I think that is one of your charms, Meg, is that you are someone who has so adroitly handled professional success with grace, in an industry that revels in putting it’s best under a microscope for far too much dissection.

    And your son’s career choice certain mimics what many of us face as writers. None of us is in it for the big bucks! We’re doing it because that is what calls to us.

  33. Ha! That’s funny. Being a writer for the big bucks! I’m sure all you writers out there appreciate Jenny comment.

    Yeah, we do what call us. And even though there are hard times and challenges, to be blessed to find a job that you like, that fills you, who need big bucks? (Well, let’s not kid ourselves a few bucks would be nice…but…what the heck! I rather earn less doing something that I love. Oh…hey, I do.)

  34. Hi, Meg! I was with Danielle at the Type reading for Porcupine, and wanted to tell you that I and my fifteen year old daughter absolutely loved the book. My twelve year old son (who, poor thing, is laid up at home with a combination of mono and vestibular neuritis) is about to start it, and I’m sure he’ll love it as well. Tremendous accomplishment. Congratulations. Can’t wait for the next one. Danielle, great interview–I can’t think of any other questions to ask!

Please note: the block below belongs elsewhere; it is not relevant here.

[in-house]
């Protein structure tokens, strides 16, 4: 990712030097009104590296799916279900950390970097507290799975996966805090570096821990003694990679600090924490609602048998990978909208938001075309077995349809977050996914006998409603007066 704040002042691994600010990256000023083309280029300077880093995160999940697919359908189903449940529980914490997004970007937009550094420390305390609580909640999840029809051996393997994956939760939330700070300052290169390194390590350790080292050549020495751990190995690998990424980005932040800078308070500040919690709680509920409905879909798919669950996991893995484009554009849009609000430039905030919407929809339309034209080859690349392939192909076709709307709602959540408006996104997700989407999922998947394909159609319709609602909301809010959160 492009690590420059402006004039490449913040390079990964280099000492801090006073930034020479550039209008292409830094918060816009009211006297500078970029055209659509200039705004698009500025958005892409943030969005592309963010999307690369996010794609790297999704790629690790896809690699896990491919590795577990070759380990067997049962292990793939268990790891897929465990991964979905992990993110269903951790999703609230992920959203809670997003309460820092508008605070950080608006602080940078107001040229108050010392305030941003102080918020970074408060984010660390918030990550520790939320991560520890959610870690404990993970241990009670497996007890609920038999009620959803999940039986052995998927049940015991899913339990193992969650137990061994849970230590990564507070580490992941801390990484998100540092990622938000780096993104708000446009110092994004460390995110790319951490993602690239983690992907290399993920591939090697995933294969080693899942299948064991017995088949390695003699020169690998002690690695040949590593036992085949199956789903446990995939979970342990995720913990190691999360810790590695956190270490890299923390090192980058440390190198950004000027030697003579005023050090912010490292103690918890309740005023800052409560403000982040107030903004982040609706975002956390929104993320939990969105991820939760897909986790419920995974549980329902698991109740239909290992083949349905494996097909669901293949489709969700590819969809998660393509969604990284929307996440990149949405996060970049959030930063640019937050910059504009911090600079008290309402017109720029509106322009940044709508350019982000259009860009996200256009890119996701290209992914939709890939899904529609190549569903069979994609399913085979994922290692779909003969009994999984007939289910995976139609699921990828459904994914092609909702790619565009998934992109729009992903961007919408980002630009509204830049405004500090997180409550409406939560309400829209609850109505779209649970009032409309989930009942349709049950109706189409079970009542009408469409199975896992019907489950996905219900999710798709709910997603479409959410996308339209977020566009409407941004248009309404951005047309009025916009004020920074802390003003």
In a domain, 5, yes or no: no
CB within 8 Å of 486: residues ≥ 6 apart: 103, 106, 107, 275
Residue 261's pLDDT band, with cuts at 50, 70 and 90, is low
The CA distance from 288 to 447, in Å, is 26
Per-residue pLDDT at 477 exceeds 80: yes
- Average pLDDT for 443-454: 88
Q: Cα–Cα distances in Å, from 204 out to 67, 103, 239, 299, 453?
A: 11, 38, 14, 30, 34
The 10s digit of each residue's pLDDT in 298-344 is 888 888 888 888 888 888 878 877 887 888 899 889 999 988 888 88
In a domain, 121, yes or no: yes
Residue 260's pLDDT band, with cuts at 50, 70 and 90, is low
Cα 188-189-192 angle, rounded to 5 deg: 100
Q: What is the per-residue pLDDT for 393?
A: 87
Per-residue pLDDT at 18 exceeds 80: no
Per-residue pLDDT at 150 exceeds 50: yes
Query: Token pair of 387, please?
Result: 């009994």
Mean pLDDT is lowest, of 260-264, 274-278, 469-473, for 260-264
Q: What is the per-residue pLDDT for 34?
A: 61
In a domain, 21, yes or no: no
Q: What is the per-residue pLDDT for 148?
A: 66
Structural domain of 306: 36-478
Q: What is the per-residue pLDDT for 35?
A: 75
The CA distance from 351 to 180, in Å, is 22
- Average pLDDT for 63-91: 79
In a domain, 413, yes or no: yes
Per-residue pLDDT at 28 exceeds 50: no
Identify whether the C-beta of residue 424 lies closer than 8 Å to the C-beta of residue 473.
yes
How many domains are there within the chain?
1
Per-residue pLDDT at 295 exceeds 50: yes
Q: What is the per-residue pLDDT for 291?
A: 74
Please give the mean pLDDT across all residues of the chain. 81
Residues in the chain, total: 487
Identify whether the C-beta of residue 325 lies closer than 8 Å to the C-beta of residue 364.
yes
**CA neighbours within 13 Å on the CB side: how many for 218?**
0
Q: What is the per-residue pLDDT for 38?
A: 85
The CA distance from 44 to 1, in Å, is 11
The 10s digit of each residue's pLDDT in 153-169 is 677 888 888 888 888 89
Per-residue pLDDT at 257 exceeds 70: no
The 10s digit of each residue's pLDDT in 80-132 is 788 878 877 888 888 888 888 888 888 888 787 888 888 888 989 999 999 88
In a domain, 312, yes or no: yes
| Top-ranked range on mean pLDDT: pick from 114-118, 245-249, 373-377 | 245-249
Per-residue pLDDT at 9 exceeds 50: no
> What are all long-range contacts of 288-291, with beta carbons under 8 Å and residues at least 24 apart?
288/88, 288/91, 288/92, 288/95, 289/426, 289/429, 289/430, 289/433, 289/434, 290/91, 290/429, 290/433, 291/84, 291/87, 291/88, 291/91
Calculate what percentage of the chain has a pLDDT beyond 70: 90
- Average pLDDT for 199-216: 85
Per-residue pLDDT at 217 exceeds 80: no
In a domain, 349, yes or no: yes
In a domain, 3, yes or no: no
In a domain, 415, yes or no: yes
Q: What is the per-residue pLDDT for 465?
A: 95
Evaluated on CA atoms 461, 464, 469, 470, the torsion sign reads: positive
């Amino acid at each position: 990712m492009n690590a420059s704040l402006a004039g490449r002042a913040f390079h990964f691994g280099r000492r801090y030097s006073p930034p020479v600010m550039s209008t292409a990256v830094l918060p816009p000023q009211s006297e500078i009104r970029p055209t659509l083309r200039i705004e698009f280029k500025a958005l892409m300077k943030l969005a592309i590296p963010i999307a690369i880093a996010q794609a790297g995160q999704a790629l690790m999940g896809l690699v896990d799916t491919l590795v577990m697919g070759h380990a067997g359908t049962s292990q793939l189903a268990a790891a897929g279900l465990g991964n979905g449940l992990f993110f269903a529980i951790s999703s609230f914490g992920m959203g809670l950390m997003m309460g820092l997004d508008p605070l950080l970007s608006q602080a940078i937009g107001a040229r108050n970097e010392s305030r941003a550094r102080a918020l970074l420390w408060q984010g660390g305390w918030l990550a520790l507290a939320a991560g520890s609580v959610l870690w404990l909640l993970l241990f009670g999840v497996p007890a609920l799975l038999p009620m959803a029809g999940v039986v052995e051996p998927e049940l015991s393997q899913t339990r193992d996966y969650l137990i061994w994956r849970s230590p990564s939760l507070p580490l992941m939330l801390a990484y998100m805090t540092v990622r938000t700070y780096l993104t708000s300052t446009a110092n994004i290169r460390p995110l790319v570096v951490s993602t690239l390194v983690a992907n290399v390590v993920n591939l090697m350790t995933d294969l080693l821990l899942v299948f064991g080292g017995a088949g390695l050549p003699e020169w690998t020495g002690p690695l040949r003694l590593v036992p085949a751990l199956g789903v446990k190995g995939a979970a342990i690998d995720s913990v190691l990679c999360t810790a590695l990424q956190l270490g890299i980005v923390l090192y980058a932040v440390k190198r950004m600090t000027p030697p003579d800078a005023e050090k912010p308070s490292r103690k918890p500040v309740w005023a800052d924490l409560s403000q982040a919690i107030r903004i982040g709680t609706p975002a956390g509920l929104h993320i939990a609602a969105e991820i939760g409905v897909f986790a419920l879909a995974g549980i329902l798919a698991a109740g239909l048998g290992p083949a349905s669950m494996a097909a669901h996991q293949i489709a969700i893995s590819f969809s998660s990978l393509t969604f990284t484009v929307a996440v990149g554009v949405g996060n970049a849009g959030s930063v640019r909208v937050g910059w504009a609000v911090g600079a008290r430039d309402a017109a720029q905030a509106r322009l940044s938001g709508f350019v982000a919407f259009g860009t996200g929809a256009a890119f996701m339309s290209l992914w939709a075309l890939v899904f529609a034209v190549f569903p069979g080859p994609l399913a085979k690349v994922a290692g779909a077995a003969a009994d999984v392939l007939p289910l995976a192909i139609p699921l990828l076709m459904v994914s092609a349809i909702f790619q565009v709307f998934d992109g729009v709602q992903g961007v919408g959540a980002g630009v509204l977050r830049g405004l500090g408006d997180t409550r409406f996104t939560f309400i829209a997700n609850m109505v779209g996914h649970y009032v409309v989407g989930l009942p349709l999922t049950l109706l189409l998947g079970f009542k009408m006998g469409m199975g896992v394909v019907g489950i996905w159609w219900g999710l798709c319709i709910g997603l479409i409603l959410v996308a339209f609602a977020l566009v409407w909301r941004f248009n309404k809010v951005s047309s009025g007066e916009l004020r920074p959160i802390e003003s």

35. Thanks Bev! Who, if I remember correctly has a book out and damn…I can’t remember the name. Remind us? Hope your boy feels better.

  36. Now’s my chance to ask questions and comments, so here goes…

    1. What kind of writing does your husband do? A completely different genre? Does it ever happen that one of you might has an idea and it triggers something for the other one?
    2. Your way with words reminds me of Bono. Both you and he use simply stated phrases that paint word pictures. How you can say so much with so few words amazes me. I rarely see that done as well as you do it (and Bono – not bad company to keep)
    3. I’m so sorry about the struggles you had with your ill friend who lived with you. It’s so hard to let go and let people live their lives when you can see the effects of their bad choices. That has been one of the hardest life lessons for me… not going too far into rescue mode.
    4. Can’t wait for your next book! I’ve given Porcupine as gifts to friends. Everyone loves it.
    5. I wish you would come to California for a book reading. I live in Long Beach Calif. but was in Seattle the day you were in Bellingham. I nearly made the drive to see you – but I lived in Seattle most of my life and knew that to be a long journey in heavy traffic. But if you come to L.A., I am so there!

    Thanks, Meg, for the opportunity to talk to you today.

  37. Hi, Meg!
    I think it great that you are now a novelist.